4 ways the use of Orthotics can help with your Rheumatoid Arthritis symptoms

Rheumatoid Arthritis - how Orthotics help

Rheumatoid Arthritis is a long-term condition that affects more than 400,000 people in the UK. While it largely affects women more than men, the most common age group is between the ages of 40 and 60. It is an auto-immune condition that usually affects the wrists, hands, and feet, and individuals can experience ‘flare ups’ where symptoms are more intense at particular periods.

Whereas your immune system usually works to fight infection and protect your body, with auto-immune conditions such as rheumatoid arthritis, the cells that line your joints are targeted instead, leaving them painful and stiff. While there is no cure for this condition, there are methods of rheumatoid arthritis treatment that can make the condition more manageable, such as the use of Orthotics. With that in mind, here are 4 reasons why you should use Orthotics to help you manage your rheumatoid arthritis symptoms.

They can help to decrease the progression of deformity.

Those with rheumatoid arthritis often struggle with a range of foot problems. This is caused by damage to the joints and can even lead to serious deformities. This rheumatoid arthritis symptom can be one of the most debilitating for those with the condition, as it can make even the simplest of daily tasks, such as walking to the local shop, incredibly difficult and painful.

One of the most common forms of foot deformities that is caused by rheumatoid arthritis is hallux valgus, commonly known as bunions. Those with rheumatoid arthritis are more prone to this because of the added pressure that inflammation puts on the joints, and the erosion that the condition can cause to the toe joints. This can cause the toe joints to dislocate and shift, which leads to bunions.

Wearing footwear that is tight on your toes or high heels, can also increase the risk of bunions developing. Therefore, wearing Orthotics with metatarsal pads in comfortable shoes provides more space for your toes and offers support to the arch of your foot. This can help to decrease deformity while also preventing any existing foot deformities from getting any worse.

Offers pain relief.

For many individuals, one of the main rheumatoid arthritis symptoms that they struggle with the most is daily pain and discomfort. It is often described by patients as a type of joint pain which is usually an aching and throbbing sensation. Many individuals experience more intense levels of pain in the morning after inactivity during the night.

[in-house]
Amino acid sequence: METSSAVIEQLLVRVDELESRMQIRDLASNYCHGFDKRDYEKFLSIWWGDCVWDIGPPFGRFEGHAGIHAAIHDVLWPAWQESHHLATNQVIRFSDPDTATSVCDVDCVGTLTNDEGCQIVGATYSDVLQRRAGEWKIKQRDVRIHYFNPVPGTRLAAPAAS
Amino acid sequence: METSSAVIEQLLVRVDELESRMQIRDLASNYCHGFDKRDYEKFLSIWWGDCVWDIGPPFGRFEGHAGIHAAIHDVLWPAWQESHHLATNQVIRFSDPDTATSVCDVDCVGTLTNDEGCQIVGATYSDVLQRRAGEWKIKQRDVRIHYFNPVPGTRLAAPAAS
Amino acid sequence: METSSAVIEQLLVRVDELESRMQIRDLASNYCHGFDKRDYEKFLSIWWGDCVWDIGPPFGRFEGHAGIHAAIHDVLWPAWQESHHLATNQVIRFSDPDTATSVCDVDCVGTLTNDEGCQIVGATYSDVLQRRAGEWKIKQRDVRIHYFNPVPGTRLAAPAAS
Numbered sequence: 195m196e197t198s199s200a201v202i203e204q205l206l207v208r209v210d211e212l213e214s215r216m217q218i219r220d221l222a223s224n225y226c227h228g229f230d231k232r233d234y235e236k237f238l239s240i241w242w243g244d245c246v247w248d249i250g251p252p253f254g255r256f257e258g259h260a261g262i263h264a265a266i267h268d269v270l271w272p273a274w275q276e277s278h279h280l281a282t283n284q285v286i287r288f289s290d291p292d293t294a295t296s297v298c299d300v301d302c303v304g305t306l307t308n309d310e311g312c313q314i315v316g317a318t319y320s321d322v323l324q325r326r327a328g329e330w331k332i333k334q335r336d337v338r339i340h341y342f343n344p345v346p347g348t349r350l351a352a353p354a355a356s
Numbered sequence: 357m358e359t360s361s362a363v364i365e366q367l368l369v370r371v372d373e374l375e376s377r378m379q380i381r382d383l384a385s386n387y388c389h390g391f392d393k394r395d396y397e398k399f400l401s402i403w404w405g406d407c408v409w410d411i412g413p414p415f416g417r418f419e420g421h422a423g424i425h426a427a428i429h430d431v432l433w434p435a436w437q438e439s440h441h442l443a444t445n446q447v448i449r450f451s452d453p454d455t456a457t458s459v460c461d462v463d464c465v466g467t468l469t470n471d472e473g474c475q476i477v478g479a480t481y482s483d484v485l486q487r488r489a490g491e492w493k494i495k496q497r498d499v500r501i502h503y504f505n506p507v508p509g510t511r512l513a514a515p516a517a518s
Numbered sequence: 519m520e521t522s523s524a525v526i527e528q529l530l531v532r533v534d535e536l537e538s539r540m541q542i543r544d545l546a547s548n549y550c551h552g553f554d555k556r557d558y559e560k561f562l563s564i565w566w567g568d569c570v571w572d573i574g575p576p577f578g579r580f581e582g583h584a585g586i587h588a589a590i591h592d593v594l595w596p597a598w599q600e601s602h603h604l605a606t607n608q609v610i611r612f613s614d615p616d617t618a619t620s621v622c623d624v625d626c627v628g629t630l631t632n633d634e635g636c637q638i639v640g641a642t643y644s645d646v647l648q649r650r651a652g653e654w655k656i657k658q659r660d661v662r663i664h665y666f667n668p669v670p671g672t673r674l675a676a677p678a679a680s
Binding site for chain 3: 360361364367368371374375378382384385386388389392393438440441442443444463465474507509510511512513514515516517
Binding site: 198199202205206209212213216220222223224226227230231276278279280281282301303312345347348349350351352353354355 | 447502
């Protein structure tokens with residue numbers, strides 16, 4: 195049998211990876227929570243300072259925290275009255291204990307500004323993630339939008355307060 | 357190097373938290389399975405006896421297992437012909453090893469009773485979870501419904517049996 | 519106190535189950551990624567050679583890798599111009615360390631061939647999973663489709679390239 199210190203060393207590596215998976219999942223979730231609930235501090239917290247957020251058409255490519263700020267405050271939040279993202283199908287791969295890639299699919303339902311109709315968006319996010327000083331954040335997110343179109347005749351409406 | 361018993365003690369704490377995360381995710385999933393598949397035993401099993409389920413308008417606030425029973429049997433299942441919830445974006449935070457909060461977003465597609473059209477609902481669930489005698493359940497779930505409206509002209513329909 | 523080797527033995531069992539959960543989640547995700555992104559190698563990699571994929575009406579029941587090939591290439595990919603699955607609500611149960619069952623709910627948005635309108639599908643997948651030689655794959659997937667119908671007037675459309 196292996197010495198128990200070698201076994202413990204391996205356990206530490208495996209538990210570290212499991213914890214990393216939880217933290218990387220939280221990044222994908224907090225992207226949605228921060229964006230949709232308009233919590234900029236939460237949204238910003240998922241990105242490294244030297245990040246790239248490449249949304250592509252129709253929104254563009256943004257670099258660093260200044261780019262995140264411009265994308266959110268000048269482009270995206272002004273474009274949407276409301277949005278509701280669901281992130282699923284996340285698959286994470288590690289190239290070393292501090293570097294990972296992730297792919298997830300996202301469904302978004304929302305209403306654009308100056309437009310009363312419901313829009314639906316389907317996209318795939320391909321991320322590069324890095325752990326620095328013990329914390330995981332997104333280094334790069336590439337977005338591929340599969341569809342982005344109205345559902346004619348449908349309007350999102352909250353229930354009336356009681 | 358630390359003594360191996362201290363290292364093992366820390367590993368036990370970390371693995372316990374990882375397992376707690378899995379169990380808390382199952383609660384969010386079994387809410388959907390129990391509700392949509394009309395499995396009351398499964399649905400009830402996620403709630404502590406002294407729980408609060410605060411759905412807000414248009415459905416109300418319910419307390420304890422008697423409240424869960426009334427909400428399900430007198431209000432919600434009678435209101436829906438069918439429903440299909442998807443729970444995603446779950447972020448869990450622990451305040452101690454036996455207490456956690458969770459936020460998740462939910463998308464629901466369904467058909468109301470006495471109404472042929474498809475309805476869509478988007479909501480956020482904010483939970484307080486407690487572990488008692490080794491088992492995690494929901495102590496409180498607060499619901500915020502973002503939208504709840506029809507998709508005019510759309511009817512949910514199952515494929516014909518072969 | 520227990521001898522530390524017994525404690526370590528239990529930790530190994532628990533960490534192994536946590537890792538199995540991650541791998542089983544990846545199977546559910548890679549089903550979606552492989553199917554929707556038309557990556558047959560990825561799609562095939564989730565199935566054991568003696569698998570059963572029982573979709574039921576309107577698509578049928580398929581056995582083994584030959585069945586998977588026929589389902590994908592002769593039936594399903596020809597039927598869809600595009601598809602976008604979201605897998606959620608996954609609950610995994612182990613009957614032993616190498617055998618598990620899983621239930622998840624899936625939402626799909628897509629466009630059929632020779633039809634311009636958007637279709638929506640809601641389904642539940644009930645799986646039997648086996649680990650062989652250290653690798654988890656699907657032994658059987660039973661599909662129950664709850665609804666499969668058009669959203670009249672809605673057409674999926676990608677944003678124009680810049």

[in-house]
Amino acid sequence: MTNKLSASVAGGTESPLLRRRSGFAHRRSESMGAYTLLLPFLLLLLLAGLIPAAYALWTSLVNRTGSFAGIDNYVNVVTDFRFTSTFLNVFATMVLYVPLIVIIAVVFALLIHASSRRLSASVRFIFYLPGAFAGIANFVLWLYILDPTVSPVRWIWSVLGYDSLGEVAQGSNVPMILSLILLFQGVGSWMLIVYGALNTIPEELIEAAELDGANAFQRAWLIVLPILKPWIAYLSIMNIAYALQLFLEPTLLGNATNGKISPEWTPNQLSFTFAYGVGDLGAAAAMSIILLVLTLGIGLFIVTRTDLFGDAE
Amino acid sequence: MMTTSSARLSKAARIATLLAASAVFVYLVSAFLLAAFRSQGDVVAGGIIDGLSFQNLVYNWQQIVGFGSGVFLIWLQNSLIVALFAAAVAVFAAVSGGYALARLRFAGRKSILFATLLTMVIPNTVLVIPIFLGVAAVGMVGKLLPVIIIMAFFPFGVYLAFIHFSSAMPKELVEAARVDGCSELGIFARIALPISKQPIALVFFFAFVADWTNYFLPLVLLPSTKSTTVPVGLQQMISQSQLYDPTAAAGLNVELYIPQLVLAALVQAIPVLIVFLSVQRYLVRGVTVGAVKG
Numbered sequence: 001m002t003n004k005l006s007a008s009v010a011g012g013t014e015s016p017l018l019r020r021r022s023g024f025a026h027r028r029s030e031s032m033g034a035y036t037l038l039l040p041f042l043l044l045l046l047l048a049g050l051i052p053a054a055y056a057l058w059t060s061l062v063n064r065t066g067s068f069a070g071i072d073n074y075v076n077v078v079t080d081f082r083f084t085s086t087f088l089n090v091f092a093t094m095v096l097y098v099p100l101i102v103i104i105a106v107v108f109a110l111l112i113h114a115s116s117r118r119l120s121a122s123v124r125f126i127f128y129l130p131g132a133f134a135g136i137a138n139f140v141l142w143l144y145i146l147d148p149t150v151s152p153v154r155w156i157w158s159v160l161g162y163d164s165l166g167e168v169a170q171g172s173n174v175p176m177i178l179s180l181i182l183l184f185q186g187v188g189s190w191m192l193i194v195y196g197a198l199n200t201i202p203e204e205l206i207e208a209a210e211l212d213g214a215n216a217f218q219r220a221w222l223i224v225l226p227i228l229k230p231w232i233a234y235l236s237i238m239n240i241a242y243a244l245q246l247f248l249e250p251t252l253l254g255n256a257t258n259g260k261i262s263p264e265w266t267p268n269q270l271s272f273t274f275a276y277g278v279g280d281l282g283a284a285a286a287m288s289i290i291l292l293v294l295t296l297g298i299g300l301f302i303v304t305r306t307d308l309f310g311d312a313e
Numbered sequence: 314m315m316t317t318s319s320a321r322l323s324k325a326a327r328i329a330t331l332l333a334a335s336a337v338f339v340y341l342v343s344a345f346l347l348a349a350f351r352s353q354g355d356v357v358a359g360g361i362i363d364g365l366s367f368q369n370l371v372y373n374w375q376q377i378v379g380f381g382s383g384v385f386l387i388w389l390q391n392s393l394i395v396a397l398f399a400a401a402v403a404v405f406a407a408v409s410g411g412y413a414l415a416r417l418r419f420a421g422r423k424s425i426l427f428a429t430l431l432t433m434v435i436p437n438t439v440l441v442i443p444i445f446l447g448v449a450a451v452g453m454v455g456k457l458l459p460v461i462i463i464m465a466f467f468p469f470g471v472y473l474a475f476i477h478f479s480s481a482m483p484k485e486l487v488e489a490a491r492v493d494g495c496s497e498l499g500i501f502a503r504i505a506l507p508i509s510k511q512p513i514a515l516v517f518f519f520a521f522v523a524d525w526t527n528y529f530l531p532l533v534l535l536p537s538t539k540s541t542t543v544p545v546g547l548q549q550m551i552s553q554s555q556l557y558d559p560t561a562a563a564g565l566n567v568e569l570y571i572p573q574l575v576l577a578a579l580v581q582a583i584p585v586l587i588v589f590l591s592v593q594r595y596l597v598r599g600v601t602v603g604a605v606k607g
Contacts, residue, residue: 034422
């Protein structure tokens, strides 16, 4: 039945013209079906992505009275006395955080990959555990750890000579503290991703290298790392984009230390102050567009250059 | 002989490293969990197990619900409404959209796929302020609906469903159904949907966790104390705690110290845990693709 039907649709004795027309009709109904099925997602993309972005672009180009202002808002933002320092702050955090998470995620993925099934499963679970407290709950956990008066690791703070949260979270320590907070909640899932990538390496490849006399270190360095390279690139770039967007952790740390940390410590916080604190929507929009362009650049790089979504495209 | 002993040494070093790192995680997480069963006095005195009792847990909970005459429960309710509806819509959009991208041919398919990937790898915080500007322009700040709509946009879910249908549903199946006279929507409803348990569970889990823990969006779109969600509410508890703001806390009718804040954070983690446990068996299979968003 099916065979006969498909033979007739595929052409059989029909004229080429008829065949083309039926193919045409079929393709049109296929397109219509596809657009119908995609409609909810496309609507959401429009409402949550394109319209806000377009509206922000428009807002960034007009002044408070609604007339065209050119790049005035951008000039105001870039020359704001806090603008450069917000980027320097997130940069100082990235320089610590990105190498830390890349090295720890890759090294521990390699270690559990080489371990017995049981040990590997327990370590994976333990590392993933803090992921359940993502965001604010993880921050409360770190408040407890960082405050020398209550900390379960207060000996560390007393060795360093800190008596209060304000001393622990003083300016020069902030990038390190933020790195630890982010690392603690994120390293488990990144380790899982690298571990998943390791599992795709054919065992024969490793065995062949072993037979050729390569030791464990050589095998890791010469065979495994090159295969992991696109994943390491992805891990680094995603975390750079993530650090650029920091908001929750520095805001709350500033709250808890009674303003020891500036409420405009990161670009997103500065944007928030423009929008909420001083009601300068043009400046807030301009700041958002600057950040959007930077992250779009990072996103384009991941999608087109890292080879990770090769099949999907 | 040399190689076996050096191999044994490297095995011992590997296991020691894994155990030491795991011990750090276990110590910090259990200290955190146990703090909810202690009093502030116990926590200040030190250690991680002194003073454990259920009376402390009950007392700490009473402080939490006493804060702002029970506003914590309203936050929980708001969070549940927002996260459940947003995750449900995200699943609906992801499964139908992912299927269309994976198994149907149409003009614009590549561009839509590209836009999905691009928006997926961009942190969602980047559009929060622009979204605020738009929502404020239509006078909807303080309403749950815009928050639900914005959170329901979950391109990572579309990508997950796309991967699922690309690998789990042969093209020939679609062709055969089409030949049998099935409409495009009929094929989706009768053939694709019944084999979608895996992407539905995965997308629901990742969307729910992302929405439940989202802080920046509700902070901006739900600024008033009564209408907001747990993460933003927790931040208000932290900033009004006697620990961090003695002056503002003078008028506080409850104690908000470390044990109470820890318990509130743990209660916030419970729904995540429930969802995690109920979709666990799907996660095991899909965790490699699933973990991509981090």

Therefore, more people are looking to orthotics for rheumatoid arthritis to provide them with some relief. They are effective as they help to redistribute the weight in your feet and take the pressure off sensitive areas of your foot that could be cause of the discomfort.

For example, research carried out by Kavlak and team [1] looked at the efficacy of Orthotics for those with Rheumatoid Arthritis and found that they made a significant difference to the level of foot pain that participants were experiencing. After a 3-month period they considered them an important aspect to the rehabilitation of the rheumatoid foot.

Provides better joint support.

Those who have rheumatoid arthritis can find their mobility significantly affected due to the instability that it causes to the joints. Not only can the damage caused to the joints make it difficult to remain active, but it can also lead to other foot conditions such as hammer toe. Orthotics have been used widely in the treatment of rheumatoid foot [2] to increase the support and padding to your foot joints, so that walking becomes easier and less painful.

Can help increase mobility and exercise levels.

In modern society many of us have sedentary occupations and lifestyles. However, for those with rheumatoid arthritis, it can feel impossible to walk up the stairs, never mind engage in regular exercise. However, it is crucial that you try to increase your mobility despite how debilitating your rheumatoid arthritis symptoms can be.

Exercising with arthritis may feel more difficult, but it can have a positive impact on your overall physical and mental health, as well as easing some of your symptoms. Regular physical activity can improve muscle strength, function, and stop your joints from becoming stiffer and sorer. However, having weak joints can make it difficult to find the confidence to engage in exercise and make you nervous about falling and injuring yourself. But wearing  Orthotics for arthritis can help to stabilise the foot, relieve discomfort, and offer additional joint support to make exercise more accessible as well as enjoyable.

While living with Rheumatoid arthritis symptoms can have a huge impact on your mobility and quality of life, by using Orthotics as a form of treatment you can provide your feet with the extra support, they need to live a happy and healthy lifestyle.


  1. Kavlak Y, Uygur F, Korkmaz C, Bek N. Outcome of Orthoses Intervention in the Rheumatoid Foot. Foot & Ankle International. 2003;24(6):494-499.
  2. de P Magalhães E, Davitt M, Filho DJ, Battistella LR, Bértolo MB. The effect of foot orthoses in rheumatoid arthritis. Rheumatology (Oxford). 2006;45(4):449-453.